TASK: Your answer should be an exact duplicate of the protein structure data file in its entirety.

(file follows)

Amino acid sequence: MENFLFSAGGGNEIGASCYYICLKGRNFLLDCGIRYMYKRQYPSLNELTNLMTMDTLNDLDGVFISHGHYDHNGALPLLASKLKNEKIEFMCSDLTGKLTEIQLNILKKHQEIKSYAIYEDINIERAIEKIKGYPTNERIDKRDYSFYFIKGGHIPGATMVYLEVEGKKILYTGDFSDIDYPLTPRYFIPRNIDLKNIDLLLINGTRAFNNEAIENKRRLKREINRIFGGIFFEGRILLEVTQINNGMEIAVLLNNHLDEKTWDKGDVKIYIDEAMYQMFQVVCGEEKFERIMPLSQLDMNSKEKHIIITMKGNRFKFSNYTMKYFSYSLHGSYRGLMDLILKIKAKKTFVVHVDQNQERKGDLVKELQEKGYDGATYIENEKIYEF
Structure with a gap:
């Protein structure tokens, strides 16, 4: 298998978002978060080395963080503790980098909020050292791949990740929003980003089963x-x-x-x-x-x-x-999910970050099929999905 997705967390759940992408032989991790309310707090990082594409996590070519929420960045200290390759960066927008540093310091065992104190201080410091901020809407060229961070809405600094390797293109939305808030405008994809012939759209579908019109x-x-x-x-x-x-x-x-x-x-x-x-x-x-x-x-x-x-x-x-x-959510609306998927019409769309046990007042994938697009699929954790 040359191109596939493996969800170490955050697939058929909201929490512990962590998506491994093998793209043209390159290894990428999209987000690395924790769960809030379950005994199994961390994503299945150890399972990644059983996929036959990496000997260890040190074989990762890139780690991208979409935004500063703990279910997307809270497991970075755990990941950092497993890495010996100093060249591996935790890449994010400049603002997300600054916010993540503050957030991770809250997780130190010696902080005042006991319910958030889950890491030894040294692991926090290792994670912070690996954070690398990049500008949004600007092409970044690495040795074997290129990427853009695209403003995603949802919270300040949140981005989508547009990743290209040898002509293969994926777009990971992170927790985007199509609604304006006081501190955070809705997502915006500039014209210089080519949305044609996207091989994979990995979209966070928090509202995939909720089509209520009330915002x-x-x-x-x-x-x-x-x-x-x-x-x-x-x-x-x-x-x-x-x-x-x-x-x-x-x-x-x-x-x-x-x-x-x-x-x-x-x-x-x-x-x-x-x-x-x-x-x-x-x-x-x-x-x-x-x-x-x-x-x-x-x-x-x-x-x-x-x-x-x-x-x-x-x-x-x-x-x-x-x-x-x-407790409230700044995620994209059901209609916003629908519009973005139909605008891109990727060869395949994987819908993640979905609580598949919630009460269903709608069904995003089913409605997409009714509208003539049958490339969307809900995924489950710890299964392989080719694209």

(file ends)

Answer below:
Amino acid sequence: MENFLFSAGGGNEIGASCYYICLKGRNFLLDCGIRYMYKRQYPSLNELTNLMTMDTLNDLDGVFISHGHYDHNGALPLLASKLKNEKIEFMCSDLTGKLTEIQLNILKKHQEIKSYAIYEDINIERAIEKIKGYPTNERIDKRDYSFYFIKGGHIPGATMVYLEVEGKKILYTGDFSDIDYPLTPRYFIPRNIDLKNIDLLLINGTRAFNNEAIENKRRLKREINRIFGGIFFEGRILLEVTQINNGMEIAVLLNNHLDEKTWDKGDVKIYIDEAMYQMFQVVCGEEKFERIMPLSQLDMNSKEKHIIITMKGNRFKFSNYTMKYFSYSLHGSYRGLMDLILKIKAKKTFVVHVDQNQERKGDLVKELQEKGYDGATYIENEKIYEF
Structure with a gap:
């Protein structure tokens, strides 16, 4: 298998978002978060080395963080503790980098909020050292791949990740929003980003089963x-x-x-x-x-x-x-999910970050099929999905 997705967390759940992408032989991790309310707090990082594409996590070519929420960045200290390759960066927008540093310091065992104190201080410091901020809407060229961070809405600094390797293109939305808030405008994809012939759209579908019109x-x-x-x-x-x-x-x-x-x-x-x-x-x-x-x-x-x-x-x-x-959510609306998927019409769309046990007042994938697009699929954790 040359191109596939493996969800170490955050697939058929909201929490512990962590998506491994093998793209043209390159290894990428999209987000690395924790769960809030379950005994199994961390994503299945150890399972990644059983996929036959990496000997260890040190074989990762890139780690991208979409935004500063703990279910997307809270497991970075755990990941950092497993890495010996100093060249591996935790890449994010400049603002997300600054916010993540503050957030991770809250997780130190010696902080005042006991319910958030889950890491030894040294692991926090290792994670912070690996954070690398990049500008949004600007092409970044690495040795074997290129990427853009695209403003995603949802919270300040949140981005989508547009990743290209040898002509293969994926777009990971992170927790985007199509609604304006006081501190955070809705997502915006500039014209210089080519949305044609996207091989994979990995979209966070928090509202995939909720089509209520009330915002x-x-x-x-x-x-x-x-x-x-x-x-x-x-x-x-x-x-x-x-x-x-x-x-x-x-x-x-x-x-x-x-x-x-x-x-x-x-x-x-x-x-x-x-x-x-x-x-x-x-x-x-x-x-x-x-x-x-x-x-x-x-x-x-x-x-x-x-x-x-x-x-x-x-x-x-x-x-x-x-x-x-x-407790409230700044995620994209059901209609916003629908519009973005139909605008891109990727060869395949994987819908993640979905609580598949919630009460269903709608069904995003089913409605997409009714509208003539049958490339969307809900995924489950710890299964392989080719694209």